The Possum

A cat in a garden / Katze im Grünen

Image via Wikipedia

There was a dead juvenile possum in my Nature Place a couple of days ago.  She was old enough to be away from her mom, but just barely.  A cat or something had caught her, broken her spine but declined to eat her. Since my Nature Place is in my yard, this means that we had to deal with the remains.

I’ve thought a lot about what this means in the greater context of  “nature place”. As part of our Dedicant Path, we’re supposed to observe the goings on of the natural cycle of life. Young possums falling afoul of predators is entirely natural. Predators declining to eat their meal is not. But most of the predators in our neighborhood have other, more easy to eat food available on demand. Prey becomes a toy to play with instead of a necessary item for survival.  Even our pets become trophy hunters in the world that we humans create.

There are lizards and toads and snakes in my nature place as well. One of the lizards we’ve named Stumpy because he’s currently growing back his tail after a close encounter with a trophy hunting cat.  The central feature of my nature place is a small palm tree, really more of a bush. Stumpy is King of the Palm.  The broad leaves hold him and his subjects up easily, but collapse under the weight of cats. And yet the palm might have offered concealment for a cat hunting a young possum. And so it goes. Shelter and safety for one, concealment for another, hidden doom for a third. My nature place is busy-busy, even though it’s small.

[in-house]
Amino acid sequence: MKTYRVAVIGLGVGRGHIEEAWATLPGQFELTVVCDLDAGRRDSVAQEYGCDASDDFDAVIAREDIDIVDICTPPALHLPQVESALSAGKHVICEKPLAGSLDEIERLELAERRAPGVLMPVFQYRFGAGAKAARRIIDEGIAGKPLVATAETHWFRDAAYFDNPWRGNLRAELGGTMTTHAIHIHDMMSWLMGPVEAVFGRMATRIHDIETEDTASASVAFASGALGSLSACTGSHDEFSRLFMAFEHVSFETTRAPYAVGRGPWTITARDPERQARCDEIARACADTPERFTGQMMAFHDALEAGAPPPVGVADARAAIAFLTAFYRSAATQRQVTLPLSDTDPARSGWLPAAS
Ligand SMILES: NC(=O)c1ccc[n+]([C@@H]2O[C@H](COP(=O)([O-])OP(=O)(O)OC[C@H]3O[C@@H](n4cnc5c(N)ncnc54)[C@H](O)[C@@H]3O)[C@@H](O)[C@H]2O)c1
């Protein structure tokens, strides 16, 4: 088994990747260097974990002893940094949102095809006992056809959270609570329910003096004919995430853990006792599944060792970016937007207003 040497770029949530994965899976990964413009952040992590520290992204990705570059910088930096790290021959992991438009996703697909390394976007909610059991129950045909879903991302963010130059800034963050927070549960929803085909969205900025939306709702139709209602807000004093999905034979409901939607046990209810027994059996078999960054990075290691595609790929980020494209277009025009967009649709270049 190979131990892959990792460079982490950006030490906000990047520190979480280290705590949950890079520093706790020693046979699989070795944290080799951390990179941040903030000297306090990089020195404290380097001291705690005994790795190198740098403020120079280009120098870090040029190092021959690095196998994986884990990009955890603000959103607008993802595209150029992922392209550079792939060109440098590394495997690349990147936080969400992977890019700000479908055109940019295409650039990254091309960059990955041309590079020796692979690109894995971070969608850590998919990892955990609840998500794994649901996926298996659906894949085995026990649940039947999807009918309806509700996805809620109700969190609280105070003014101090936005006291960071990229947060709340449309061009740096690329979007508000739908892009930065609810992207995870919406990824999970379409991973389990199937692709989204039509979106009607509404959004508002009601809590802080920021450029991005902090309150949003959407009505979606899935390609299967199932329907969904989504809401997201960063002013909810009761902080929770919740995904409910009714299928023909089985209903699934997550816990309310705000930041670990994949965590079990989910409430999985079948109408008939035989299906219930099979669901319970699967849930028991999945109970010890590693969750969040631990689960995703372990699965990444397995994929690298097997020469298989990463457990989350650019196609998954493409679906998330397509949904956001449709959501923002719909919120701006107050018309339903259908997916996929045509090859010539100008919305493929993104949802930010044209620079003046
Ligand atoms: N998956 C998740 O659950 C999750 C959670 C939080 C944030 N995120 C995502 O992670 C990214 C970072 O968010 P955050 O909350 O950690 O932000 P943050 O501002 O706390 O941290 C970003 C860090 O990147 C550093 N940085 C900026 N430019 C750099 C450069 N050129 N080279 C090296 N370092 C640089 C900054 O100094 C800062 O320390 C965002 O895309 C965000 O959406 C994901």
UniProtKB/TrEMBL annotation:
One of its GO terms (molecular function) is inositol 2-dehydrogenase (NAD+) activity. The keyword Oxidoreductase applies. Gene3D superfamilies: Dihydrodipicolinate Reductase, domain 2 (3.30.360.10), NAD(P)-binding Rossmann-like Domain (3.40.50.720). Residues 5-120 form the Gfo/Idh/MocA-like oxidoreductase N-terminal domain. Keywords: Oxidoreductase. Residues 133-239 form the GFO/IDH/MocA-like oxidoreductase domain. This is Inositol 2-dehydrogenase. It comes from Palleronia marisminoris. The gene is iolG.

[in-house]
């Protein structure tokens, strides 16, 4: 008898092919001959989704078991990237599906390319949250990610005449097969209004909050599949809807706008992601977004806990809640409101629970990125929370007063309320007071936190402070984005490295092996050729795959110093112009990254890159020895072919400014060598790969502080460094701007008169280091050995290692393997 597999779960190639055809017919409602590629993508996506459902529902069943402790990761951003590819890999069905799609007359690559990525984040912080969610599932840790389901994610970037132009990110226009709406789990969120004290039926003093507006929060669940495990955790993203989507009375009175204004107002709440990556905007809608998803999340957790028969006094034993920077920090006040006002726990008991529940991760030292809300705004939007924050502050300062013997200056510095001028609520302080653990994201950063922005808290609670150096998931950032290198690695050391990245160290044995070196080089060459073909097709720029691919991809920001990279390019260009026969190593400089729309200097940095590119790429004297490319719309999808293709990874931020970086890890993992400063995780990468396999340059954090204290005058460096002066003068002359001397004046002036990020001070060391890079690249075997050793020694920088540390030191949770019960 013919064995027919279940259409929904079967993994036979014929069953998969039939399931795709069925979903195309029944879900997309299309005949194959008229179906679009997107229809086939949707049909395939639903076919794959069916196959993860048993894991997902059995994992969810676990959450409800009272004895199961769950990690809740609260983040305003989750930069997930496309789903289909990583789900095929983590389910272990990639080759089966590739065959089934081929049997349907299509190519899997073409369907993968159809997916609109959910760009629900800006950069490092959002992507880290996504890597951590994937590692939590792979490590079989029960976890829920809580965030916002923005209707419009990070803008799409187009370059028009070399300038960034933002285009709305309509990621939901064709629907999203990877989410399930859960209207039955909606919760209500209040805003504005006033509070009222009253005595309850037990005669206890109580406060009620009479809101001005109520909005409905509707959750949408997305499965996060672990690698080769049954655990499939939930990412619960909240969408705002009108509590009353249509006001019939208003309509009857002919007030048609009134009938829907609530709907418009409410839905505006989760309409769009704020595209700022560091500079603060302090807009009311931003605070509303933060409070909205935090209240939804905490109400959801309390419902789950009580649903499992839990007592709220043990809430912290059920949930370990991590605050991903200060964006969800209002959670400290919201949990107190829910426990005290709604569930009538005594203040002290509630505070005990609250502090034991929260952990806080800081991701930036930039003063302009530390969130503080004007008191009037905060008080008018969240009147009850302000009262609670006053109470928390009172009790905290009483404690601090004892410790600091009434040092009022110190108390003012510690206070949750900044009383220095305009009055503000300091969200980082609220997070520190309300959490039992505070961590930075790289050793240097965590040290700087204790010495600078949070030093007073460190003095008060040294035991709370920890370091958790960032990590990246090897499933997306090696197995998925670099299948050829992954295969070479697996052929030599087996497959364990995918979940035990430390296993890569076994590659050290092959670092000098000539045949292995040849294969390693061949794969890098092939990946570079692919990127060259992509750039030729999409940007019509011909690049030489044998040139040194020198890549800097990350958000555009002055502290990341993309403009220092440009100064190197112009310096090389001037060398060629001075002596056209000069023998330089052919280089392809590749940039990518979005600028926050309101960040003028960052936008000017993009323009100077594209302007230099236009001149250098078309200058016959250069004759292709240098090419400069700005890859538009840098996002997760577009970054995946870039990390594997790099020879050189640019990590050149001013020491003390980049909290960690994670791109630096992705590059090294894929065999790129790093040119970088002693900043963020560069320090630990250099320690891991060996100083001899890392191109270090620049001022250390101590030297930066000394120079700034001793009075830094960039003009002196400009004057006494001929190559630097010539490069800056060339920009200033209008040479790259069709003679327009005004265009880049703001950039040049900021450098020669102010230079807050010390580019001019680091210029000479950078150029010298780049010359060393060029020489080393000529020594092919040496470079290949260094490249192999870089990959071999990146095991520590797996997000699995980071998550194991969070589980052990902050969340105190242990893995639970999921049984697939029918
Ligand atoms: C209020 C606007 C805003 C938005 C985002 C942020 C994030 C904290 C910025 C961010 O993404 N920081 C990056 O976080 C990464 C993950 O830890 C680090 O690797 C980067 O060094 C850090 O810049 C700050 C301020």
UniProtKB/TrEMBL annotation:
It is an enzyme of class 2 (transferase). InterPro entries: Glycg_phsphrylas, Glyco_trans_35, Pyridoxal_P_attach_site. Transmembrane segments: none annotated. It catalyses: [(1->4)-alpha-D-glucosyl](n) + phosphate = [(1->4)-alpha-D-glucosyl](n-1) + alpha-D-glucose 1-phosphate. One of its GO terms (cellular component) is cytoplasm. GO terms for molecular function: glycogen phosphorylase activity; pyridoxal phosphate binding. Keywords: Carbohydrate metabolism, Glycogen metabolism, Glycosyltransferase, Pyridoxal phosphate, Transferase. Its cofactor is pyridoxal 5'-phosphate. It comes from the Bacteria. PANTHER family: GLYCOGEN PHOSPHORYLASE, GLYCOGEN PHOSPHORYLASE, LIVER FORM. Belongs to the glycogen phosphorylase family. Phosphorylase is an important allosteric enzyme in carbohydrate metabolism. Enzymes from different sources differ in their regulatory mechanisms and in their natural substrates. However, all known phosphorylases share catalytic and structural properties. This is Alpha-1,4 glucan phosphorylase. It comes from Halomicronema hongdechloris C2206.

RIP little possum. If your brothers and sisters visit, I hope they fare better.


2 Comments (+add yours?)

  1. Kévin Silverstag
    Apr 20, 2011 @ 18:55:06

    I hate dealing with dead possums (although not as much as I hate dealing with dead skunks!). We live in the country and have a pack of Irish Wolfhounds. One of them in particular we call The Verminator. She’s walloped possums, skunks, raccoons… you name it, she’s killed it. And yes — they’ll eat rabbits when they get them but will never eat a possum.

    We get used to it, but I agree that it can be quite sad. We did manage to save a possum back in January, however… the foolish thing crept into our yard and decided to make a bed under a juniper bush. Knowing that it would last about 1.5 seconds once Jadzia (that’s the Verminator) found it, we managed to corral it into a garbage bin and take it down into the ravine and let it loose. Score 1 for the little guy!


    • tlryder
      Apr 22, 2011 @ 09:49:48

      I grew up in a very remote area, so I’m not particularly squeamish about animal corpses. It was a great illustration of how even in the middle of a city, nature goes on. Most cities have more “wildlife” in them than the human inhabitants ever imagine.

      For a while, I was wondering how my neighborhood could have rats (port cities always have rats) when we have approximately 6 cats per acre here. Then one evening we were sitting on the back patio and I saw the silhouettes of the rats on the power, cable and phone lines. Elevated, cat safe, rat super highway! In the daytime, the squirrels use it but at night the rats rule. 🙂


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